Another interesting thing about how this story was constructed was the actual dramatic structure. Normally screenplays are written in three (or four) act-structure with the direction of the story changing every 30 minutes or so. Like Stanley Kubrick did in Full Metal Jacket, del Toro gave us a 2-Act structure in which the hero, or anti-hero, in this case, goes through a sort of basic training in the first act, and then plies his trade in the second act.
We spend the first forty-five minutes of the story watching Stanton learn from Zeena and her husband Pete (David Stathairn), as well as circus boss Clem Hoatley (Willem Dafoe), the art of the con, and how to use the clues people unknowingly give you to tell them things about themselves that make them believe you’re psychic. When he’s able to use his technique to fool the local sheriff, he knows he’s ready to leave the circus for bigger and better things. He has been trying to convince circus performer Molly Cahill (Rooney Mara) of the same thing, and she’s finally convinced. Having fallen in love with each other, they climb in a truck and are off to the big city.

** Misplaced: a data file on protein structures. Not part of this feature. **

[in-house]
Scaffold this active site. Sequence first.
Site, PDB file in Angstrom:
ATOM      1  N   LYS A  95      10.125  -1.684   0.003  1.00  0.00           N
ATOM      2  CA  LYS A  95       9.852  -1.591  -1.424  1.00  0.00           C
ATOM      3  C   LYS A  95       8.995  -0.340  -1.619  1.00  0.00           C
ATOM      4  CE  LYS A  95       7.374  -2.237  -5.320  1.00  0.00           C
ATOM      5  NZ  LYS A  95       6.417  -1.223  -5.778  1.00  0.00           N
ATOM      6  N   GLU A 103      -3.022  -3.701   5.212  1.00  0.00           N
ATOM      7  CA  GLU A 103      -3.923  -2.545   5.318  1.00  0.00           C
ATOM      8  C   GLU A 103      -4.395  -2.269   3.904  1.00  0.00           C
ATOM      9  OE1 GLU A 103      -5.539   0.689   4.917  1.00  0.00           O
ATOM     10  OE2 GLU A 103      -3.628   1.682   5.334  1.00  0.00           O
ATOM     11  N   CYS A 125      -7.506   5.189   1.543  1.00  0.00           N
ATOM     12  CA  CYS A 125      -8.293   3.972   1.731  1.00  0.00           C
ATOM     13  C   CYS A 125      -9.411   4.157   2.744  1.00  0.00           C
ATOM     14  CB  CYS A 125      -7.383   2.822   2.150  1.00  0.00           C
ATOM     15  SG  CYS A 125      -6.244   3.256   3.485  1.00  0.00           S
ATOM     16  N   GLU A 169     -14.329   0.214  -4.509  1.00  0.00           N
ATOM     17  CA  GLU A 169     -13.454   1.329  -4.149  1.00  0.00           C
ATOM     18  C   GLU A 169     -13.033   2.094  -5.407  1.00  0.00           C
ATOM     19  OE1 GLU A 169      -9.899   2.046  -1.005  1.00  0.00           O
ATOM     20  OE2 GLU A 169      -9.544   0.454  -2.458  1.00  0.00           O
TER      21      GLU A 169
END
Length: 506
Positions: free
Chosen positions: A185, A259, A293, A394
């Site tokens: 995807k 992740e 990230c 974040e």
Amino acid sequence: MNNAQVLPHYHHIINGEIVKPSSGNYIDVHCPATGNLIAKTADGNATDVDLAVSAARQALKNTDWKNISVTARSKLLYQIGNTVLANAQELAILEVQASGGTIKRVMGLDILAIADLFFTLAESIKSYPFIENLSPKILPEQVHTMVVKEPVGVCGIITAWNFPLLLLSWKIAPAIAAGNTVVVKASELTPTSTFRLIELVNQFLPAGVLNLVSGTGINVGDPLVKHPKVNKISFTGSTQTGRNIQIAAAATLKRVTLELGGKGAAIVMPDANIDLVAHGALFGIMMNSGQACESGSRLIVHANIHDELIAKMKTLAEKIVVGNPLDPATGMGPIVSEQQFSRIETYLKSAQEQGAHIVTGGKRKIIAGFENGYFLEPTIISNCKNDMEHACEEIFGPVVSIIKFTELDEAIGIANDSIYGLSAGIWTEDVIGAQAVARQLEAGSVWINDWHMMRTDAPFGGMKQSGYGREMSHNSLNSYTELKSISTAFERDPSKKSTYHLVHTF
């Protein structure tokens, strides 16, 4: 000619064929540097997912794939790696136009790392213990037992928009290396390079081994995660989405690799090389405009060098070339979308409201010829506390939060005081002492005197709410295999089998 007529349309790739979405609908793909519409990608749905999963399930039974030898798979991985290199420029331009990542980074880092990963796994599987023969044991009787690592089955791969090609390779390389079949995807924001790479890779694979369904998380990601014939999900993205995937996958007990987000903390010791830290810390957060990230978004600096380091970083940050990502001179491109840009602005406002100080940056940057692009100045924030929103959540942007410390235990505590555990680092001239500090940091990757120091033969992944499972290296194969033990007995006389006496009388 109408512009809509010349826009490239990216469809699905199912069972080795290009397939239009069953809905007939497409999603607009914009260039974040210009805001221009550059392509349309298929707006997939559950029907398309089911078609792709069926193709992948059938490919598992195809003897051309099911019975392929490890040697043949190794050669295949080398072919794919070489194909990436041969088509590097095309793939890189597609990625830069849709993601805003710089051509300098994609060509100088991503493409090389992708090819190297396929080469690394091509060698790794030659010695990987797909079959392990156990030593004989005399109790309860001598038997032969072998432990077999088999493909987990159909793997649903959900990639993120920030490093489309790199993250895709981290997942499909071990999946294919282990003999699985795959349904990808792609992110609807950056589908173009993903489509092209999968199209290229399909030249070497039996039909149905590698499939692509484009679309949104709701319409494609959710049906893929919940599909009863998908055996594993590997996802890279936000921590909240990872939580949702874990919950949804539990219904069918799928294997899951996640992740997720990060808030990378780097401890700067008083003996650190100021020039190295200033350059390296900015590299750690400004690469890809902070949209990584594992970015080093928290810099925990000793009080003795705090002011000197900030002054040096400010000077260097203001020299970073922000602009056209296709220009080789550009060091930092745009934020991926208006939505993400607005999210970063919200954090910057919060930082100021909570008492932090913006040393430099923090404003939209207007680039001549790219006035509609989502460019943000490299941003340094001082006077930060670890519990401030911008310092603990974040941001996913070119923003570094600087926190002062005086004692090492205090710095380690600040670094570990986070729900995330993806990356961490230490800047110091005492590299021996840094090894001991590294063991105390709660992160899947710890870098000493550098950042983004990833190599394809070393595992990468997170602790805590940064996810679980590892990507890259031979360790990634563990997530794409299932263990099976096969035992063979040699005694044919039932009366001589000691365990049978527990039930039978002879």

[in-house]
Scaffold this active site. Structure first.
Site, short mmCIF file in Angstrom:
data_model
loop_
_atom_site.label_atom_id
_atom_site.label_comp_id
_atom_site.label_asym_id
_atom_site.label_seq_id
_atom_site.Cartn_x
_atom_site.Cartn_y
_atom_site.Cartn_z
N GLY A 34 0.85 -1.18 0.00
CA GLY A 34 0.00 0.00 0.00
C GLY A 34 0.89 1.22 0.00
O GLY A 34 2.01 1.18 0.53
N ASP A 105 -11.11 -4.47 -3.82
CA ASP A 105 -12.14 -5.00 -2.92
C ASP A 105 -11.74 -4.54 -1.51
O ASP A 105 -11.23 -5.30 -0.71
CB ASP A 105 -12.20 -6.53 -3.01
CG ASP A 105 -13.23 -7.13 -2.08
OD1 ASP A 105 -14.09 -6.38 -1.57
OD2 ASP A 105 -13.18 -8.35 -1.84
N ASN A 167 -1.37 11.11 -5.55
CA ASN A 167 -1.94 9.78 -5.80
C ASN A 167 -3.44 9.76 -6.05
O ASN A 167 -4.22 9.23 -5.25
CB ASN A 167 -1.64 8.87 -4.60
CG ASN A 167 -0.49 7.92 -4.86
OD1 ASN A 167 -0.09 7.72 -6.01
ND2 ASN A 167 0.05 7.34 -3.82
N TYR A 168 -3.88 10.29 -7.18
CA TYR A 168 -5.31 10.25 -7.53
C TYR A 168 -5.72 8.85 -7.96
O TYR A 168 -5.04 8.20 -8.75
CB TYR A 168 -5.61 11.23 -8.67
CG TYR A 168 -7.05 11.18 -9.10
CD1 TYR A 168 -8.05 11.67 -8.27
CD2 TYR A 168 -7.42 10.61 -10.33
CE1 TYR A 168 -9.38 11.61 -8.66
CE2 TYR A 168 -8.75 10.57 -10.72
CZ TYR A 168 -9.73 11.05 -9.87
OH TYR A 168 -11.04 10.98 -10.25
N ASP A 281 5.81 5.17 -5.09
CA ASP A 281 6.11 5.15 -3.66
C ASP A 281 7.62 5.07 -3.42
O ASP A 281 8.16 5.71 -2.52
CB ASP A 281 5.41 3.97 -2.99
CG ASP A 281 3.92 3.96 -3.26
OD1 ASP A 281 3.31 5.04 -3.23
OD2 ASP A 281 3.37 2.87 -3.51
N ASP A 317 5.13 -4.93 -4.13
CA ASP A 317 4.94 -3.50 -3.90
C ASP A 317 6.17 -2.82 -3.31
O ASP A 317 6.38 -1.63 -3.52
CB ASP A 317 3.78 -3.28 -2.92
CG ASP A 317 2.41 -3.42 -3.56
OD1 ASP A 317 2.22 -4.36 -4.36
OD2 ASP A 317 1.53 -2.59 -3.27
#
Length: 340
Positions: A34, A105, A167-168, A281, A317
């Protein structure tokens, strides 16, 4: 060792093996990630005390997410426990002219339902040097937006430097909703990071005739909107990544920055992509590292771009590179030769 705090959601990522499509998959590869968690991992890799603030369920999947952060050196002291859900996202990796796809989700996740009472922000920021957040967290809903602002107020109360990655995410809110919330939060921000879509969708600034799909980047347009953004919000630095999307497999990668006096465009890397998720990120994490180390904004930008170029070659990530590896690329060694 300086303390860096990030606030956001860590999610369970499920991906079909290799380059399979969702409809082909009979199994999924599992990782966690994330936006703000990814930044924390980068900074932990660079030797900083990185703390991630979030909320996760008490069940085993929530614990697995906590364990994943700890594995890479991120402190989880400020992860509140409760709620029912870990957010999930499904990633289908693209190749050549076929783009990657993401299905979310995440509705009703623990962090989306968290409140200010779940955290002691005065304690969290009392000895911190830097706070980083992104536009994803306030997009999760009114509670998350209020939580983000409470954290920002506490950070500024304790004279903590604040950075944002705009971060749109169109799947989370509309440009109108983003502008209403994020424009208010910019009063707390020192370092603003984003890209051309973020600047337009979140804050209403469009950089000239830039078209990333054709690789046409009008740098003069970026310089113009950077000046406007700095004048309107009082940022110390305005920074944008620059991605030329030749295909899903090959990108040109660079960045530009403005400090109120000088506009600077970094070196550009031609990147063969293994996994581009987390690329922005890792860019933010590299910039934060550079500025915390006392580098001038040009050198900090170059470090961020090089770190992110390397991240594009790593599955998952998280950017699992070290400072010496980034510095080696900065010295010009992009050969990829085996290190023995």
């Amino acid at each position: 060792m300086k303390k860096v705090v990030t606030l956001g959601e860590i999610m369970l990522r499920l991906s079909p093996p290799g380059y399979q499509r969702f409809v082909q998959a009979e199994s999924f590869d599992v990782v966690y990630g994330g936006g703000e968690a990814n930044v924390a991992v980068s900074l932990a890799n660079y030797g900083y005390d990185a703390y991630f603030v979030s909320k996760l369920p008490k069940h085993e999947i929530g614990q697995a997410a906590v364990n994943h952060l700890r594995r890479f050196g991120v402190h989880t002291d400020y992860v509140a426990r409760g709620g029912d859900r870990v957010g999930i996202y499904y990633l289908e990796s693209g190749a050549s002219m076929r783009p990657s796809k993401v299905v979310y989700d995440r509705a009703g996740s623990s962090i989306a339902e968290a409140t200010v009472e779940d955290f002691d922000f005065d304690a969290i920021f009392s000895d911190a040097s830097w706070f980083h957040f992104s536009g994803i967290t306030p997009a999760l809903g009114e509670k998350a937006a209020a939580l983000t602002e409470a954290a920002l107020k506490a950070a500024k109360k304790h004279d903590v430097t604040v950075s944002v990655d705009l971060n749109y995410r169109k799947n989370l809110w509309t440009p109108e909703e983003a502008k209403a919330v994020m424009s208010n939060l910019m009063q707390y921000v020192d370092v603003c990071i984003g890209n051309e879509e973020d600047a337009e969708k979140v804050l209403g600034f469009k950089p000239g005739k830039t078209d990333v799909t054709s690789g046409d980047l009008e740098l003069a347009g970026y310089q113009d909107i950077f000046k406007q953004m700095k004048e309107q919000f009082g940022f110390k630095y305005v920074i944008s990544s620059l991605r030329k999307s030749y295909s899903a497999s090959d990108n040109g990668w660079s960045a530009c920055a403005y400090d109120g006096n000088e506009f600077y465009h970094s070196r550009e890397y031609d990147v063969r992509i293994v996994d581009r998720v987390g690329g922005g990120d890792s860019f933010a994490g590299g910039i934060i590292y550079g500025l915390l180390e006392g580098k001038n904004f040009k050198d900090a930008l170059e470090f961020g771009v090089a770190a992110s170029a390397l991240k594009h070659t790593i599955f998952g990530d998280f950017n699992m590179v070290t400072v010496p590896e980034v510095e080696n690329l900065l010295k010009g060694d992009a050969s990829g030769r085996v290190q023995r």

The second act begins with us having moved ahead in time two years. Stanton has grown a pencil-thin mustache. Gone are the worn-down clothes he wore at the circus, and they’ve been replaced by a debonair tuxedo. Molly has also changed. Her hair is stylish and her evening gown is elegant. They perform their show in front of a riveted audience, but there is a skeptic among them. Dr. Lilith Ritter (Cate Blanchett) is a local psychiatrist and she thinks she sees right through Stanton’s tricks. That is until Stanton goes the extra mile, and without help from Molly is able to deduce that Lilith carries a small handgun in her purse. Judge Kimball (Peter MacNeill) is so impressed that he’s willing to pay Stanton triple his current rate to put him in contact with his deceased son.